KINCH: Yeah. We've we've been trying to make this happen for a bit and it's finally good to have time to sit down and talk. You're one of the prominent research professors on campus. So, we're delighted to have you, and I had you read that quote because, uh, you shared with me this fantastic quote from the George Schaller book, Mountain Monarchs: Wild Sheep and Goats of the Himalaya. And it says, "Mountains are symbols of the unknown. Of the mysterious force that beckons us to discern what lies beyond that tests our will and strength against the sublime indifference of the natural world.” And that was the phrase that made me think of the Shelley poem. It's, it's kind of considered to be the origin of the romantic notion of the sublime, these grand landscapes that make humans feel small. And it's this counter enlightenment movement where the enlightenment is, uh, for people like Shelley is kind of narrowing the understanding of, of the human into scientific reason and he wants to sort of reawaken the soul. Um, but then, you know, you're a scientist and I, and I, I kinda thought it would be a nice point to start about what drives science sometimes is a passion for the natural world that kind of is prior to the scientific interest, right?
HEBBLEWHITE: Yeah, no, absolutely Ashby. And I think that, you know, most people wouldn't recognize George Schaller, but they'd recognize the other book written by the companion of George during a three-month trek in the Himalaya for his Ph.D. So, George studied mountain sheep in the Himalayas and for three months was accompanied by Peter Matthison. His colleague and friend who wrote The Snow Leopard. Exactly. And so, and it was that sort of fusion of art, Peter, the writer and broad thinker and, and the young George, you know, in his Ph.D. who admits in another part of the book that really to pretend that the only reason he was studying, you know, mountain sheep in the Himalaya was for scientific reductionist reasons would be to lie. It was really because he enjoyed adventuring and exploring new places. And for someone like George and myself, uh, mountains really are those, right. And I feel like, you know, in all my research in mountains, you know, here in Montana and around the world, I feel like on any given day when I'm in the field, I really feel that sort of, you know, joy and that sort of, you know, ability to, to reflect on, on the power and wonder of nature and that, you know, something approaching being sublime. I would, I would probably be a lie to say, I felt sublime every day in the field, but.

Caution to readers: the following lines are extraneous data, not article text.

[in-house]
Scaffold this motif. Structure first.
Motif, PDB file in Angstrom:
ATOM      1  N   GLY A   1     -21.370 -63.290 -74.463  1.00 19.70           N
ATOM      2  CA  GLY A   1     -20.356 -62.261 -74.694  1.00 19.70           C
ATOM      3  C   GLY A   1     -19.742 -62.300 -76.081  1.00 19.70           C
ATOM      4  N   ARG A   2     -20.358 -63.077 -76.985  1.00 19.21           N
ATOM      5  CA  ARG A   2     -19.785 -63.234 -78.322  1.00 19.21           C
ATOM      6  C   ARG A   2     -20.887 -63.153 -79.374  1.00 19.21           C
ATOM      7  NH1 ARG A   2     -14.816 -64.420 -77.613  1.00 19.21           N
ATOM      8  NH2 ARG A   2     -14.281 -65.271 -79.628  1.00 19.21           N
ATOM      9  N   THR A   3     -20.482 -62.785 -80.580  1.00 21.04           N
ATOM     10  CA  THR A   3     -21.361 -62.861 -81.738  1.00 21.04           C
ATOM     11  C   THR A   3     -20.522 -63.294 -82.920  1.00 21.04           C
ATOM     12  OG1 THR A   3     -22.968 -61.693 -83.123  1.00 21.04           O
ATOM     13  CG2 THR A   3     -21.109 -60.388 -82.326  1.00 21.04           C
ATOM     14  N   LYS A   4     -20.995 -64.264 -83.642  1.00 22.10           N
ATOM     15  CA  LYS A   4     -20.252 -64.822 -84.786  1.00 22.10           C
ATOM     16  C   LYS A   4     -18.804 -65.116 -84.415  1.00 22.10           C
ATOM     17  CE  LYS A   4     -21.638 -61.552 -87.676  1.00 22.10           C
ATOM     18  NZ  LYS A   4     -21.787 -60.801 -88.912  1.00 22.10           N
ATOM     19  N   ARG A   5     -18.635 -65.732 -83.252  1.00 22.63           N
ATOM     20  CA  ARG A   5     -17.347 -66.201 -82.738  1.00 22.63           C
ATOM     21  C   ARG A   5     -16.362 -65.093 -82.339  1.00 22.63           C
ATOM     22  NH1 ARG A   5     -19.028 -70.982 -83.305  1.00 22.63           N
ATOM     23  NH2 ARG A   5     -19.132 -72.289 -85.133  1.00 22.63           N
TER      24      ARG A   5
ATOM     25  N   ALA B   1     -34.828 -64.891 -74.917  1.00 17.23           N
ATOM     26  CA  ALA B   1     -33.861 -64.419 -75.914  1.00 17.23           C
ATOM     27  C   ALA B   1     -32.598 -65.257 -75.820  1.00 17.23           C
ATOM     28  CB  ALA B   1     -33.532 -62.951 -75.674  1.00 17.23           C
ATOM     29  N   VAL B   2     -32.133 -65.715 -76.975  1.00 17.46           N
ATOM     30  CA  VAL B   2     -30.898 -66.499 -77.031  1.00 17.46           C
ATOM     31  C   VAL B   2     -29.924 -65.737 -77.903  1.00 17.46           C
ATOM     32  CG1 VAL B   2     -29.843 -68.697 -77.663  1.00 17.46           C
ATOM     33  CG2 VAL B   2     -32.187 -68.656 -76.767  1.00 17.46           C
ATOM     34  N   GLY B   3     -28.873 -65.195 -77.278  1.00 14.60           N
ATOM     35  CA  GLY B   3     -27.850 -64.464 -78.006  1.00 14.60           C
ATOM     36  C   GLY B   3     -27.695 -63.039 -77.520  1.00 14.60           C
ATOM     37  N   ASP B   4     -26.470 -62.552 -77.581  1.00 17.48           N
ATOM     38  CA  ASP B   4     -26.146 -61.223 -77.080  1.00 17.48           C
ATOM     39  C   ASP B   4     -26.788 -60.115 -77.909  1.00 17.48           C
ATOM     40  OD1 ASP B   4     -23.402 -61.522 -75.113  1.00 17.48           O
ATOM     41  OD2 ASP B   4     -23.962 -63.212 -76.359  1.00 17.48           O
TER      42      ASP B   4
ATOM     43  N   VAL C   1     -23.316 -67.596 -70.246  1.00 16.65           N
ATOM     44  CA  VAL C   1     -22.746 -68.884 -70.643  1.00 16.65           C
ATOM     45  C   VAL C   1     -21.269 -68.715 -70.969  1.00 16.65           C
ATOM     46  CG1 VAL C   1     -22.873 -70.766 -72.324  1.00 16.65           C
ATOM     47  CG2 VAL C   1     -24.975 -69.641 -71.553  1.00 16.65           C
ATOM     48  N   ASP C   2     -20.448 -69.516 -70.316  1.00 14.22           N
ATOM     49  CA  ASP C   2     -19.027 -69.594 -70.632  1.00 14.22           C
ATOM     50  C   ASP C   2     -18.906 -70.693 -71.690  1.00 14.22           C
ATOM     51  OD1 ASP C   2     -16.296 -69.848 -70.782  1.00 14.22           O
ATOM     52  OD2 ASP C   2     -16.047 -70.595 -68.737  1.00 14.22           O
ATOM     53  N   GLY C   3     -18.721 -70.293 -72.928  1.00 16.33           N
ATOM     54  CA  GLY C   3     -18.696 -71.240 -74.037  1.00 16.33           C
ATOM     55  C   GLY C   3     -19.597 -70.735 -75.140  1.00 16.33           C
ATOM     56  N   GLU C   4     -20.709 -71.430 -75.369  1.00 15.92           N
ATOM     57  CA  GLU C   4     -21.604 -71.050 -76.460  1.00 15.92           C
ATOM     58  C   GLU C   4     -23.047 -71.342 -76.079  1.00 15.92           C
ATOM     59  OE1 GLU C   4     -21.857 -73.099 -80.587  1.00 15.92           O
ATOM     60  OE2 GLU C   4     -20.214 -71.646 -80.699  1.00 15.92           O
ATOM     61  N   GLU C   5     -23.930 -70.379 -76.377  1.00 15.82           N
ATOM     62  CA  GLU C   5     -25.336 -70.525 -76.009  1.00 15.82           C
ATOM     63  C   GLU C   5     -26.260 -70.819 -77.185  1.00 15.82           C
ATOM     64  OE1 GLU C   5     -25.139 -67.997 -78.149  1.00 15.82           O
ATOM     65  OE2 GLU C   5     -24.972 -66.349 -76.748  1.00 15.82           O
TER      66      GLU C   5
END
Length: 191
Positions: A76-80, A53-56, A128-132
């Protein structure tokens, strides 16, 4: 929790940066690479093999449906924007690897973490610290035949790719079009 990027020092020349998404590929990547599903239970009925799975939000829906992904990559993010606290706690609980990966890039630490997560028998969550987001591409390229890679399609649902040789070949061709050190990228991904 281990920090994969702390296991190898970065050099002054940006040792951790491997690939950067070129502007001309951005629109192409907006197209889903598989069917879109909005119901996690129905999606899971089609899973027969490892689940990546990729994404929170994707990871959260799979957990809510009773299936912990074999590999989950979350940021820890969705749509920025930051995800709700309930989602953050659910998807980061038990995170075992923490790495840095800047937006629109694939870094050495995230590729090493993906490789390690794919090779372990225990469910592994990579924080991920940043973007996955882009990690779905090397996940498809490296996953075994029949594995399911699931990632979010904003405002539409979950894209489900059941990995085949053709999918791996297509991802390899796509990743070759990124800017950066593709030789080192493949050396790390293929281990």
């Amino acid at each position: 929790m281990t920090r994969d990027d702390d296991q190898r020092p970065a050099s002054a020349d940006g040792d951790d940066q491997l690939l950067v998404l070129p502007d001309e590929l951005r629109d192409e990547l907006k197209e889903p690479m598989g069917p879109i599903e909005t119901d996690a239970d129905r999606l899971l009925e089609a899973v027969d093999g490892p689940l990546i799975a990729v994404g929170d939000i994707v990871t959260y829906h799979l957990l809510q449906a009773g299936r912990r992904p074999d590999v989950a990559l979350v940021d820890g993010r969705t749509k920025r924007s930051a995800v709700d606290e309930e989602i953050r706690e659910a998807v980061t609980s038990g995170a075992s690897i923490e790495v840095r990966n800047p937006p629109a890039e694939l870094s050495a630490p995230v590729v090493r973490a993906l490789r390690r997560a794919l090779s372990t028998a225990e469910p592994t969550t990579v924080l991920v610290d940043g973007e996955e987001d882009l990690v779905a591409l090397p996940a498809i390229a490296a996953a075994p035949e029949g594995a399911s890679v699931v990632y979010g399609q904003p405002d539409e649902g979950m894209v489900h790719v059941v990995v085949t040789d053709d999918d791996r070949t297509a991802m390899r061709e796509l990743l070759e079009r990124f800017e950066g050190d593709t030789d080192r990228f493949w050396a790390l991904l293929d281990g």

KINCH: Right, right. There's some drudgery involved.
HEBBLEWHITE: Yeah, but even the drudgery itself approaches a subliminal state at a certain point when you've been hiking for 10 hours and you're cold and wet, you know, it's sort of fun. So, yeah, no, I liked the, the contrast of Shelley's and Schaller's quotes. So thanks, Ashby, yeah.
KINCH: Well, and it's part of what elevate on Confluence is that this idea that, you know, we're trying to elevate what, what our great research thinker like you, you know, some of the ideas that might animate your work, won't be limited to just to science, a lot of it will come from these other sources and, um, in our back and forth, you talked about Tolstoy, for example, being one of your great loves and that if, uh, in one of the most influential courses you took as an undergrad was Russian literature. Could you talk a little bit more about that? What's, what's Tolstoy give you, uh, as a human or as a research scientist? Either one.